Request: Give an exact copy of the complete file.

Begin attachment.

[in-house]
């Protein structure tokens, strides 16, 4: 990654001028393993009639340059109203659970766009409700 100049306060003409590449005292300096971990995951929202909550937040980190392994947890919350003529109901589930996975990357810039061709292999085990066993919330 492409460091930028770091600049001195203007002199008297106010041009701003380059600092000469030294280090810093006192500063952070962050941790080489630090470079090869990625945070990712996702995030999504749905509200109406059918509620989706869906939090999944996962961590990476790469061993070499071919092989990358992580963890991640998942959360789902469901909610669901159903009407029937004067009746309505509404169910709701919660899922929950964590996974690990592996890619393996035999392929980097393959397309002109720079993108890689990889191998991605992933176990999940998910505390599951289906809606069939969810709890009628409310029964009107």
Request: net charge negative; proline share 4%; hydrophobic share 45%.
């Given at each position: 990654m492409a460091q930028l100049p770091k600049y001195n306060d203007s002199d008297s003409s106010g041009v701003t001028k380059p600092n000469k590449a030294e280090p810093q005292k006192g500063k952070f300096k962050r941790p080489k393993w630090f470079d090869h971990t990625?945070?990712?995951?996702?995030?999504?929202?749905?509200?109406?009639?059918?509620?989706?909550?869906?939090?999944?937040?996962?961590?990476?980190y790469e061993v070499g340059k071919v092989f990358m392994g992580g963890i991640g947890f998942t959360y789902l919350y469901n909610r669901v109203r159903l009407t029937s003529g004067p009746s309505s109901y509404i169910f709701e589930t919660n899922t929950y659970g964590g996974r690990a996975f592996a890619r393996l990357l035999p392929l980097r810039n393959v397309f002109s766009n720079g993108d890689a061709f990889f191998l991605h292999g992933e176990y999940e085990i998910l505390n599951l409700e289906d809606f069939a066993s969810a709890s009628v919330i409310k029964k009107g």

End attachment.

[in-house]
């Protein structure tokens, strides 16, 4: 990654001028393993009639340059109203659970766009409700 100049306060003409590449005292300096971990995951929202909550937040980190392994947890919350003529109901589930996975990357810039061709292999085990066993919330 492409460091930028770091600049001195203007002199008297106010041009701003380059600092000469030294280090810093006192500063952070962050941790080489630090470079090869990625945070990712996702995030999504749905509200109406059918509620989706869906939090999944996962961590990476790469061993070499071919092989990358992580963890991640998942959360789902469901909610669901159903009407029937004067009746309505509404169910709701919660899922929950964590996974690990592996890619393996035999392929980097393959397309002109720079993108890689990889191998991605992933176990999940998910505390599951289906809606069939969810709890009628409310029964009107």
Request: net charge negative; proline share 4%; hydrophobic share 45%.
């Given at each position: 990654m492409a460091q930028l100049p770091k600049y001195n306060d203007s002199d008297s003409s106010g041009v701003t001028k380059p600092n000469k590449a030294e280090p810093q005292k006192g500063k952070f300096k962050r941790p080489k393993w630090f470079d090869h971990t990625?945070?990712?995951?996702?995030?999504?929202?749905?509200?109406?009639?059918?509620?989706?909550?869906?939090?999944?937040?996962?961590?990476?980190y790469e061993v070499g340059k071919v092989f990358m392994g992580g963890i991640g947890f998942t959360y789902l919350y469901n909610r669901v109203r159903l009407t029937s003529g004067p009746s309505s109901y509404i169910f709701e589930t919660n899922t929950y659970g964590g996974r690990a996975f592996a890619r393996l990357l035999p392929l980097r810039n393959v397309f002109s766009n720079g993108d890689a061709f990889f191998l991605h292999g992933e176990y999940e085990i998910l505390n599951l409700e289906d809606f069939a066993s969810a709890s009628v919330i409310k029964k009107g």